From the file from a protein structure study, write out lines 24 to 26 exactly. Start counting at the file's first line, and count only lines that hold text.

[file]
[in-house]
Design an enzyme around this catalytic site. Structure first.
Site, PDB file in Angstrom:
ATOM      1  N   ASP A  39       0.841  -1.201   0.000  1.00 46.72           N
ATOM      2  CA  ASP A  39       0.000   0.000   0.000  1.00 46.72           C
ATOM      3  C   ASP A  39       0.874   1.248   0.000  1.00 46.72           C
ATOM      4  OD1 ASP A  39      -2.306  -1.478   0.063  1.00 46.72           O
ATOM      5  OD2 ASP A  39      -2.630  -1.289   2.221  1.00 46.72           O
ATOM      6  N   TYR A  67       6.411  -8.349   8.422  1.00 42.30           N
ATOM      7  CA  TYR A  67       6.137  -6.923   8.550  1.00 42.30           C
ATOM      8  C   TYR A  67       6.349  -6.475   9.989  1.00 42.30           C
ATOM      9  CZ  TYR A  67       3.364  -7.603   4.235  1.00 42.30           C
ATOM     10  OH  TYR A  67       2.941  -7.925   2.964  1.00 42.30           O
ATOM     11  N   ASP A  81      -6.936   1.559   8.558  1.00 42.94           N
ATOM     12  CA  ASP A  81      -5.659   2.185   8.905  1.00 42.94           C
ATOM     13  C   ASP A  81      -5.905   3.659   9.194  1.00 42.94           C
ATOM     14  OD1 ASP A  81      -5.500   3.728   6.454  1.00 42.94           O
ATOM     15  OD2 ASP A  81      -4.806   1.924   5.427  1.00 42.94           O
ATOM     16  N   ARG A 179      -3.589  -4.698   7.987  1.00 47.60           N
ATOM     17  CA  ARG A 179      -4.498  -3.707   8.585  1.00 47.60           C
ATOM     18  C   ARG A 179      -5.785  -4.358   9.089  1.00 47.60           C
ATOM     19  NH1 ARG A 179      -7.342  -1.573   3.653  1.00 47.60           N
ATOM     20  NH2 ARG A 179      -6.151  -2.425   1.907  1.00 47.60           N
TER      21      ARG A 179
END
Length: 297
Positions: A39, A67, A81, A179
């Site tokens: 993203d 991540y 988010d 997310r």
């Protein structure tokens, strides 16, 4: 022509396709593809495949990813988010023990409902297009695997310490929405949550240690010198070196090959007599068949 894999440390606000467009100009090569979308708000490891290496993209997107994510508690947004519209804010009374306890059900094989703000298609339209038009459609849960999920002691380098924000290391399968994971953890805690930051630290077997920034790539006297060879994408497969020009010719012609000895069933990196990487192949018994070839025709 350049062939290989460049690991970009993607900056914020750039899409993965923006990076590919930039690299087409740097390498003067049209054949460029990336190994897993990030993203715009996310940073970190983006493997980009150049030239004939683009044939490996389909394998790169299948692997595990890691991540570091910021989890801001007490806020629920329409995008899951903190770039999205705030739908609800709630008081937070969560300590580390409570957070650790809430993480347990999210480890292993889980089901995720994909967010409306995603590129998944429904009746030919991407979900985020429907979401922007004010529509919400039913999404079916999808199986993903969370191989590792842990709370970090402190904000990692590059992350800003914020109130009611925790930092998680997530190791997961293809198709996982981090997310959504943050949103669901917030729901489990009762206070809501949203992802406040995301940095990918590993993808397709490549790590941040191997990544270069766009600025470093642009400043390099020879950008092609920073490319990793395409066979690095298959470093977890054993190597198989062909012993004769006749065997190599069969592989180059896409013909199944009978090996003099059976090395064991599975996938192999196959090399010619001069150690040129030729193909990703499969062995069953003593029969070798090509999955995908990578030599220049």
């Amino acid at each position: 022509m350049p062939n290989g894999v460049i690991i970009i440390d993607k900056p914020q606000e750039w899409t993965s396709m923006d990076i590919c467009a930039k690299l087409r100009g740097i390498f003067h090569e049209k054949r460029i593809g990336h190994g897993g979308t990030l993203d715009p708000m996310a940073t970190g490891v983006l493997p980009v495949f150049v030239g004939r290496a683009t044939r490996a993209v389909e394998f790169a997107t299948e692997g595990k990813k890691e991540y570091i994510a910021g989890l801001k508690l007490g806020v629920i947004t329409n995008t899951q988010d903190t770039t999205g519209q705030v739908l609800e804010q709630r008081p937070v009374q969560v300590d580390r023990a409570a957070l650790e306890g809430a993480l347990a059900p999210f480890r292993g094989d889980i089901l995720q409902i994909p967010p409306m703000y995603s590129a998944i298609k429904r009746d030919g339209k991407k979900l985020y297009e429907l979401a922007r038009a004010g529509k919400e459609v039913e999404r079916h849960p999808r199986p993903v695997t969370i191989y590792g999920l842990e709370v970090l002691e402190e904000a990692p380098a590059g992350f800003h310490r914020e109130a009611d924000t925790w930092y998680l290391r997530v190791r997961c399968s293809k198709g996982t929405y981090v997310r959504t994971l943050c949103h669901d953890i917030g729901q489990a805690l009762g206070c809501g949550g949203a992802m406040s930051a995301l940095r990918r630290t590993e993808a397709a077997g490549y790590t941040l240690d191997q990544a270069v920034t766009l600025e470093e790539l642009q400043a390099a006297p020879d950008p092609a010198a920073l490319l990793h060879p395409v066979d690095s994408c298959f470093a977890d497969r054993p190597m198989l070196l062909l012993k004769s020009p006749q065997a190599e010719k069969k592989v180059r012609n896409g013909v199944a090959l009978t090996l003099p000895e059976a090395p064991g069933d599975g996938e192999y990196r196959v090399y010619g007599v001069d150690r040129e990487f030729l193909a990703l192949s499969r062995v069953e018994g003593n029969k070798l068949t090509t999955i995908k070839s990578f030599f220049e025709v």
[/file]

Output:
TER      21      ARG A 179
END
Length: 297